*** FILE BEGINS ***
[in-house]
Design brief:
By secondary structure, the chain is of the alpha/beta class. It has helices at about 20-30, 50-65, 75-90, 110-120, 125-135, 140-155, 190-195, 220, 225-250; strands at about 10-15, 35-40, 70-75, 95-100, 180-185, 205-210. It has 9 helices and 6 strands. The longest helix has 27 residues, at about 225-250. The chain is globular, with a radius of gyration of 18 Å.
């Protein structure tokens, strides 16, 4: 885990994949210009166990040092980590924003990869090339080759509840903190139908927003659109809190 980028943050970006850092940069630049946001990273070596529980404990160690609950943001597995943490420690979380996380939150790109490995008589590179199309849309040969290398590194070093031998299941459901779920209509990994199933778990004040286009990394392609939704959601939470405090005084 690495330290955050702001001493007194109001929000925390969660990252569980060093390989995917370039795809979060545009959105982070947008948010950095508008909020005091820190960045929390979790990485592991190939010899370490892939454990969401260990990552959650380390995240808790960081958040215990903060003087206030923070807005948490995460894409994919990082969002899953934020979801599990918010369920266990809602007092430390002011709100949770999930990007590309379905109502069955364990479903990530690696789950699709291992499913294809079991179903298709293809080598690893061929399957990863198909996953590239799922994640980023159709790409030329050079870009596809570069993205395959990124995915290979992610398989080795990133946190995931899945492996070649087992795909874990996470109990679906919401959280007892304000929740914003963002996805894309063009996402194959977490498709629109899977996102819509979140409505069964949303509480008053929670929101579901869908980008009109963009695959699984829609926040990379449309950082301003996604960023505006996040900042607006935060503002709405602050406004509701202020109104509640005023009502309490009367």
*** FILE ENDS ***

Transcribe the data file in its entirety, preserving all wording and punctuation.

[in-house]
Design brief:
By secondary structure, the chain is of the alpha/beta class. It has helices at about 20-30, 50-65, 75-90, 110-120, 125-135, 140-155, 190-195, 220, 225-250; strands at about 10-15, 35-40, 70-75, 95-100, 180-185, 205-210. It has 9 helices and 6 strands. The longest helix has 27 residues, at about 225-250. The chain is globular, with a radius of gyration of 18 Å.
């Protein structure tokens, strides 16, 4: 885990994949210009166990040092980590924003990869090339080759509840903190139908927003659109809190 980028943050970006850092940069630049946001990273070596529980404990160690609950943001597995943490420690979380996380939150790109490995008589590179199309849309040969290398590194070093031998299941459901779920209509990994199933778990004040286009990394392609939704959601939470405090005084 690495330290955050702001001493007194109001929000925390969660990252569980060093390989995917370039795809979060545009959105982070947008948010950095508008909020005091820190960045929390979790990485592991190939010899370490892939454990969401260990990552959650380390995240808790960081958040215990903060003087206030923070807005948490995460894409994919990082969002899953934020979801599990918010369920266990809602007092430390002011709100949770999930990007590309379905109502069955364990479903990530690696789950699709291992499913294809079991179903298709293809080598690893061929399957990863198909996953590239799922994640980023159709790409030329050079870009596809570069993205395959990124995915290979992610398989080795990133946190995931899945492996070649087992795909874990996470109990679906919401959280007892304000929740914003963002996805894309063009996402194959977490498709629109899977996102819509979140409505069964949303509480008053929670929101579901869908980008009109963009695959699984829609926040990379449309950082301003996604960023505006996040900042607006935060503002709405602050406004509701202020109104509640005023009502309490009367």